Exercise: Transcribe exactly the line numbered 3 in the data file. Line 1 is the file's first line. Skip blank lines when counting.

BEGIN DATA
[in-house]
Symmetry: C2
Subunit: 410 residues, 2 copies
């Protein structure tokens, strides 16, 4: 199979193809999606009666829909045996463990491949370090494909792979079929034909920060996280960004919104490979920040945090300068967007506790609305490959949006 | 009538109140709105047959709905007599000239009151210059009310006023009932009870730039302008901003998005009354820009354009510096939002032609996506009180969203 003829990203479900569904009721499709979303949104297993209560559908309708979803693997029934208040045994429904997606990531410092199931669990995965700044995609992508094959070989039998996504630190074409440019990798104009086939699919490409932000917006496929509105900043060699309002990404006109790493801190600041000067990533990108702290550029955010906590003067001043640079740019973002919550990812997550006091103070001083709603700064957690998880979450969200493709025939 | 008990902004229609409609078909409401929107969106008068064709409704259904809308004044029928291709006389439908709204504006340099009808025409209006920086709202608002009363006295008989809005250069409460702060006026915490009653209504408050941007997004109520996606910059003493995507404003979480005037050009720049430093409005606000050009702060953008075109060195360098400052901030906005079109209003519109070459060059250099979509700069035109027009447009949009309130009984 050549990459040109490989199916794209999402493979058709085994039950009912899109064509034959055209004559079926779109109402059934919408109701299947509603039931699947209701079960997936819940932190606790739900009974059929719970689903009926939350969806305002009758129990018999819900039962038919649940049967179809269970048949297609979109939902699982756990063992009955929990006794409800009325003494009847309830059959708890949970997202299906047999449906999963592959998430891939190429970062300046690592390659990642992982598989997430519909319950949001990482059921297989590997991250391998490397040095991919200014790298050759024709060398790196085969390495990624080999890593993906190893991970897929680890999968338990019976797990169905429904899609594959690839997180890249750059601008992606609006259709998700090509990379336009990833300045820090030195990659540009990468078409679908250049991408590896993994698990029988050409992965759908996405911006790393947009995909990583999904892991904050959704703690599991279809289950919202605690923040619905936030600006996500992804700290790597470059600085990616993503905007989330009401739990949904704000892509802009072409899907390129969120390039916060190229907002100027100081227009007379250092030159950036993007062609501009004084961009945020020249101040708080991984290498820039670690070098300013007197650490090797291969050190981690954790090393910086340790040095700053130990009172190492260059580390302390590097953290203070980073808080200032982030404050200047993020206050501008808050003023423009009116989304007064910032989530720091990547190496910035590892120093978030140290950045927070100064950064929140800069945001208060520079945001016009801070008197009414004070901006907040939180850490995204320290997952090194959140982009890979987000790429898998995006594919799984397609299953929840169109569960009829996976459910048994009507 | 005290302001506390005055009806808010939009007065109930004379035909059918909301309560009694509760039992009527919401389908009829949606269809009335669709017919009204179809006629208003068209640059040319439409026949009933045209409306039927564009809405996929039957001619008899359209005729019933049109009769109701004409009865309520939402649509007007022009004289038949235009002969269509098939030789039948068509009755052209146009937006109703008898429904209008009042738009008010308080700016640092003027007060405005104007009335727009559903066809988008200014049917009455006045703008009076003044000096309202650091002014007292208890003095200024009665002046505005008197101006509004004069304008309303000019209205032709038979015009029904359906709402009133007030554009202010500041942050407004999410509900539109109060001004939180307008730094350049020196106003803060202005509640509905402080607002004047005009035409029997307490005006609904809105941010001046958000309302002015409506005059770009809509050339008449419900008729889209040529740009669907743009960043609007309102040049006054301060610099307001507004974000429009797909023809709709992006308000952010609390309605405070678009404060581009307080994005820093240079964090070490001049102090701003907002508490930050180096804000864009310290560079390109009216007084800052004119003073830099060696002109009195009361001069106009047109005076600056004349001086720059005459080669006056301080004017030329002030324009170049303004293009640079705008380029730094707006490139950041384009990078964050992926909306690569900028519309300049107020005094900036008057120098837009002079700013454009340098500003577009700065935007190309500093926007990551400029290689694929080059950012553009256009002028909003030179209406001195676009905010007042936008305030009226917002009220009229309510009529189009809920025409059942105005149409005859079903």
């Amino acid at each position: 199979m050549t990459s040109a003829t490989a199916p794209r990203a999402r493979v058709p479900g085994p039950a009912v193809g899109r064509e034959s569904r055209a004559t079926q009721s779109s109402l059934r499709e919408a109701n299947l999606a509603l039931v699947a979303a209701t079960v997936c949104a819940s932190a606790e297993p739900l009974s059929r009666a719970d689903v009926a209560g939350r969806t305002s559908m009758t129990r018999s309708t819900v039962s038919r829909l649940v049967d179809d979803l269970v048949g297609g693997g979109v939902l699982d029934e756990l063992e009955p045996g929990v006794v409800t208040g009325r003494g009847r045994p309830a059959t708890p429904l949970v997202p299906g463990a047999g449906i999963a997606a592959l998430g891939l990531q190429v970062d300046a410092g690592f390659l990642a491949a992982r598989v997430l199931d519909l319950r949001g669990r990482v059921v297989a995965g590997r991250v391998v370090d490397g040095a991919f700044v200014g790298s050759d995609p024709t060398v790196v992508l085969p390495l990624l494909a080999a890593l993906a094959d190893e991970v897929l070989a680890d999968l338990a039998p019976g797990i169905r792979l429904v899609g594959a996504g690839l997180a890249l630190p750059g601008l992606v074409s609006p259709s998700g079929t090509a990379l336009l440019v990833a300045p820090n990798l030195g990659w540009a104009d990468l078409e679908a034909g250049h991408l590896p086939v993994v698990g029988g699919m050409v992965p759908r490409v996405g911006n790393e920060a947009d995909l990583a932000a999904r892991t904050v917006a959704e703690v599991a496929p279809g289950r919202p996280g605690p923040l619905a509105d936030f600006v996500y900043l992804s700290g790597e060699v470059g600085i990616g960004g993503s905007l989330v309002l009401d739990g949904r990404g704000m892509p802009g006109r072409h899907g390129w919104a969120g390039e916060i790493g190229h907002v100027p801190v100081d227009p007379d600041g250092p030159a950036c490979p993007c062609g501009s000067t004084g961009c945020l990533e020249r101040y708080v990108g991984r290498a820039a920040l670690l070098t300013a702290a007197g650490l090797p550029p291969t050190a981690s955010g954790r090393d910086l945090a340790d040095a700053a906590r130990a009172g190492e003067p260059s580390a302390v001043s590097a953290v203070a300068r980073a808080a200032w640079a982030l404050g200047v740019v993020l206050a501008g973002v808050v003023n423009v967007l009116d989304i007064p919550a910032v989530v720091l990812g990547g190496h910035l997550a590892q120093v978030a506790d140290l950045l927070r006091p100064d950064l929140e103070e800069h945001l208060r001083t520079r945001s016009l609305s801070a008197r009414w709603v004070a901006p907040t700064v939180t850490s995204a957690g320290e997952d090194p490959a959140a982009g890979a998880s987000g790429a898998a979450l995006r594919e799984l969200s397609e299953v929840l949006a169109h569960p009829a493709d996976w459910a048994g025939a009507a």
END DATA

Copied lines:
Subunit: 410 residues, 2 copies